It’s July in Amman and a group of beneficiaries, volunteers and a couple CRP interns are sitting in a conversation club. Although the topic is holidays and celebrations, the discussion soon turns to the resettlement process and, in particular, the Muslim Ban in the United States.
“Everyday is like a holiday for us,” says Majed, a middle-aged Iraqi refugee, “We have nothing to do. All we have to do is wait.”
“Where do you want to be resettled?” A volunteer asks.
“I was accepted by your country – the United States. But then President Trump introduced the Muslim Ban, and my application – that of my family and my own – has been pending for 2 years. The reason they gave was ‘security concerns.’ But I know that really means that I will not be accepted because I am from a banned country. Now I can’t apply for resettlement anywhere else, not until my case is granted a decision. Now me and my family are simply waiting, waiting for the ban to be lifted.”
Majed came to Amman with his wife and four children in 2014 due to the instability in Iraq – they finally decided to leave when Majed’s nephew was shot in the street. They suspect this was due to the sectarian conflict in their district.
In 2016 life took a turn for the better when the family was finally approved for resettlement in Great Britain. Mejad explains that his case was strong – having lived in Kuwait, he had never served in the Iraqi army, and so there were no security concerns regarding his background. Mejad later made a choice which he calls his ‘greatest mistake’ – he asked to change the country of resettlement to the United States, because his two brothers already live there and naturally, Mejad wanted to be close to his family. One week later the Trump Administration introduced the Muslim Ban (January 27th, 2017) and they’ve been trapped in Jordan ever since.
Prior to leaving Iraq, Mejad was studying Engineering at a Masters level at the University of Baghdad. His children were top of the class at school and engaged in a variety of creative pursuits – like their mother, they especially love painting.
In Jordan life has been difficult for them – Mejad and his wife cannot work, which is frustrating for the skilled couple, and so they can’t send their children to a good school. Majed notes his children took a while to settle in their new country, and that their youngest son would constantly draw storms and cities destroyed by disaster; he’d say that he draws them because he feels they will never escape Jordan.
“Would you ever consider going back to Iraq?”
Mejad looks pained.
“Iraq is not our home anymore… We were never fully trusted there because we had lived in Kuwait. And Kuwait wouldn’t give us nationality because we were Iraqi. We needed a new home. Somewhere not torn apart by militias and war, somewhere my children can have a real education.
They’re really smart!” he adds proudly, “They all want to be scientists.”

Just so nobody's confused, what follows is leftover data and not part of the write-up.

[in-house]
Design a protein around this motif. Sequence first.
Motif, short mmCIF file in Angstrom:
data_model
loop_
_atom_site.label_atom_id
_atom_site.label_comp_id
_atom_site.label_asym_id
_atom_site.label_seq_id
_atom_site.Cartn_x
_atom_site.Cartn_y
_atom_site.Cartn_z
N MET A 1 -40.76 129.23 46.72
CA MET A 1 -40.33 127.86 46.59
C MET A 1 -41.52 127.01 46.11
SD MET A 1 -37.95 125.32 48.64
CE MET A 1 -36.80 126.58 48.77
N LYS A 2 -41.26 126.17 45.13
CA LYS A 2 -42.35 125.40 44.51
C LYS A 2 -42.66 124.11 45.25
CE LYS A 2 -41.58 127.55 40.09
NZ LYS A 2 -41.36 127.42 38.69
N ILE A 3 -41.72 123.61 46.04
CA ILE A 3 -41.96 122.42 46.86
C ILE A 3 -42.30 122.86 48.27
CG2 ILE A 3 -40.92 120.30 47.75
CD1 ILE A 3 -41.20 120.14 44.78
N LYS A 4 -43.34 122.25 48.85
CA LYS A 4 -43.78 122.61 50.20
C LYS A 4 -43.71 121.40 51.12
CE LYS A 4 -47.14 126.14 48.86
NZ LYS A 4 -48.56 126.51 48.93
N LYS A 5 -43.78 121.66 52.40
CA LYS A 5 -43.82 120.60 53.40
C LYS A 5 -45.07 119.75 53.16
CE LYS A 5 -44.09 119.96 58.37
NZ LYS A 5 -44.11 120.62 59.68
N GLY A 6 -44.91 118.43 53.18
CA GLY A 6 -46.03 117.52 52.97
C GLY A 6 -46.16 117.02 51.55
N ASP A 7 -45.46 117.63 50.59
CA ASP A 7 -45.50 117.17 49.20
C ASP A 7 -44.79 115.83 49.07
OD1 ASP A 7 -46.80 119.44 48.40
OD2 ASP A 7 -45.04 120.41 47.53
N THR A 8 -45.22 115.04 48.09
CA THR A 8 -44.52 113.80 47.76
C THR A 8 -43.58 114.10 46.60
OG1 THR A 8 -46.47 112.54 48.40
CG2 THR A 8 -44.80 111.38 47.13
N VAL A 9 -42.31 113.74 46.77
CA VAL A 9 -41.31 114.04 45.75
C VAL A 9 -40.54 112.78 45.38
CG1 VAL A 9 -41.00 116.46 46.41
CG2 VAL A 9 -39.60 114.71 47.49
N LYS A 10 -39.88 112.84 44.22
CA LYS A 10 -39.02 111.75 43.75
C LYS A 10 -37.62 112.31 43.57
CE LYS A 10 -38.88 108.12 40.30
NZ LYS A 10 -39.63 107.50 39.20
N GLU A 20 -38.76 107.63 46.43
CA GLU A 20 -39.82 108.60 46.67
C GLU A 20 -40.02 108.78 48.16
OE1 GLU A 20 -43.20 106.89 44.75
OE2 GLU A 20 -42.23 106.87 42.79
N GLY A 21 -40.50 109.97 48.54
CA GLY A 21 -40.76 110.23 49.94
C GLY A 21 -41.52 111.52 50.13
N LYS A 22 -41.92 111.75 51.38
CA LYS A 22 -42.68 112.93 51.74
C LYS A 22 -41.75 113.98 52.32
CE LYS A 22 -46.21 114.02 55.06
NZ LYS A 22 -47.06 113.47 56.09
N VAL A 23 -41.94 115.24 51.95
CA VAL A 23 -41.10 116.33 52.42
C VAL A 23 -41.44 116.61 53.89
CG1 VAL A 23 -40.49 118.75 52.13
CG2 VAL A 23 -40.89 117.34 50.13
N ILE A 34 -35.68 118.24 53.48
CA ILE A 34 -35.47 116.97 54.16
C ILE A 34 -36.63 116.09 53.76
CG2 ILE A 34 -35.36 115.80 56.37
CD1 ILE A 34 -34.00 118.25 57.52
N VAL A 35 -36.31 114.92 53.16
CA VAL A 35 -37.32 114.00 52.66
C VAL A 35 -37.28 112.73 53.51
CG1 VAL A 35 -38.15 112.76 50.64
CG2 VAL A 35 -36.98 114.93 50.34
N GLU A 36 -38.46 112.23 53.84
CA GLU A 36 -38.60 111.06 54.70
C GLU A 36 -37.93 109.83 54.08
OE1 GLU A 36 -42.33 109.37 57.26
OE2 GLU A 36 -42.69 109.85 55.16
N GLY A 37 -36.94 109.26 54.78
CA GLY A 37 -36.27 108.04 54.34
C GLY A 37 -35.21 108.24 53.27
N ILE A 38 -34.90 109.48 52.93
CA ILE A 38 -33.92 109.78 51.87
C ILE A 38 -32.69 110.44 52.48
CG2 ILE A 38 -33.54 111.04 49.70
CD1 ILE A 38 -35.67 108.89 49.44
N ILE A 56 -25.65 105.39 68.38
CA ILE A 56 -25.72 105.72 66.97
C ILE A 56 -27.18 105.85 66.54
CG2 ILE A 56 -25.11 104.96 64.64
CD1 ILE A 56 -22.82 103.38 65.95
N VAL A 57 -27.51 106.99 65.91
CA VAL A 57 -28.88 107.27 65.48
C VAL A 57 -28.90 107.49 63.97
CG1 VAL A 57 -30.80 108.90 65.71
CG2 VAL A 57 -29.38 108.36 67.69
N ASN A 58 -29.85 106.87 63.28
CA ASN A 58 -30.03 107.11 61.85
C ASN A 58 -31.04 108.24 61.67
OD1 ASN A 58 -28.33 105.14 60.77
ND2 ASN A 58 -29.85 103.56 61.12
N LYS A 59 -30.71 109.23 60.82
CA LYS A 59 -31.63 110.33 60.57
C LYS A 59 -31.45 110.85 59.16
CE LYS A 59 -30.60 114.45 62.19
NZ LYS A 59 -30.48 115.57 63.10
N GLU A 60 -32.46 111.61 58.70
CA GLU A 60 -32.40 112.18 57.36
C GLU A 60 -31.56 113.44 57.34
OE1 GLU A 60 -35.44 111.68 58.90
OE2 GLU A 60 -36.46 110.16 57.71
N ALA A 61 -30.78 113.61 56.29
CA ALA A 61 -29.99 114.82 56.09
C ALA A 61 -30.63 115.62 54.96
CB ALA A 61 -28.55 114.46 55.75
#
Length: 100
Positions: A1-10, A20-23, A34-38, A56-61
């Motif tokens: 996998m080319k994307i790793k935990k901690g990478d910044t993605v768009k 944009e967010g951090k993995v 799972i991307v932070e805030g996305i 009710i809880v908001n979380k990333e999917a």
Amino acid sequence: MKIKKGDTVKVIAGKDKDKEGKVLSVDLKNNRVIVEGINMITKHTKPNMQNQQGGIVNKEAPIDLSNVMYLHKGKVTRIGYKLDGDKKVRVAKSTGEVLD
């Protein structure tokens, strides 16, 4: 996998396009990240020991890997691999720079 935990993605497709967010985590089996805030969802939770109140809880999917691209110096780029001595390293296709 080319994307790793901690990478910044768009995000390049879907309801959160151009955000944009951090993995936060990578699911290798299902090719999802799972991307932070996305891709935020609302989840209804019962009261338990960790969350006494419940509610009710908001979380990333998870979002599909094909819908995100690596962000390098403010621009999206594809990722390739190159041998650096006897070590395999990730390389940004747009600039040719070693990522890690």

Mejad says that to fill his time here in Amman, CRP has been a huge help. Here he takes English classes and has progressed to the advanced level, has completed a course in gender-based violence, and takes E-learning courses. At the moment he is taking one on English teaching. But he still dreams of completing his Masters.
“The wait for resettlement is damaging my life,” Mejad says sadly, “The US depends on democracy and freedom. Before the ban, everyone was accepted there. Now, it’s very disheartening – not just for me, for all refugees who are waiting to be resettled. We can’t change our cases to another country – because of the ban, we are completely trapped. It’s very difficult.”
The truth is, the countries most affected by sectarian violence in the Middle East and Africa are those on the list; those most desperately in need of help (the banned nationalities include Iraqi, Syrian, Yemeni, Sudanese, Iranian and Somalian). In fact, the ban was just the beginning of a concerted campaign to limit immigration and scale back the refugee resettlement program – with annual refugee admissions having fallen from 110,000 to 22,491 in 2019, and temporary protected status being slashed for applying refugees. Although a waiver process for the Ban exists, the vague terminology and requirements within have made applications difficult for refugees.
The devastating impact of the ban has been that thousands of refugees, like Mejad’s family, no longer have the chance of finding safety in the US.
“So what will you do?”
Mejad smiles, “Keep trying. Negativity doesn’t help anyone. I really believe positivity helps us more than anger. We have to be patient, and believe in our future, keep hoping for resettlement, and for the ban to be lifted.
You know this saying, shoo ism-o: those who do not try to climb the mountain, will live in the ground forever.”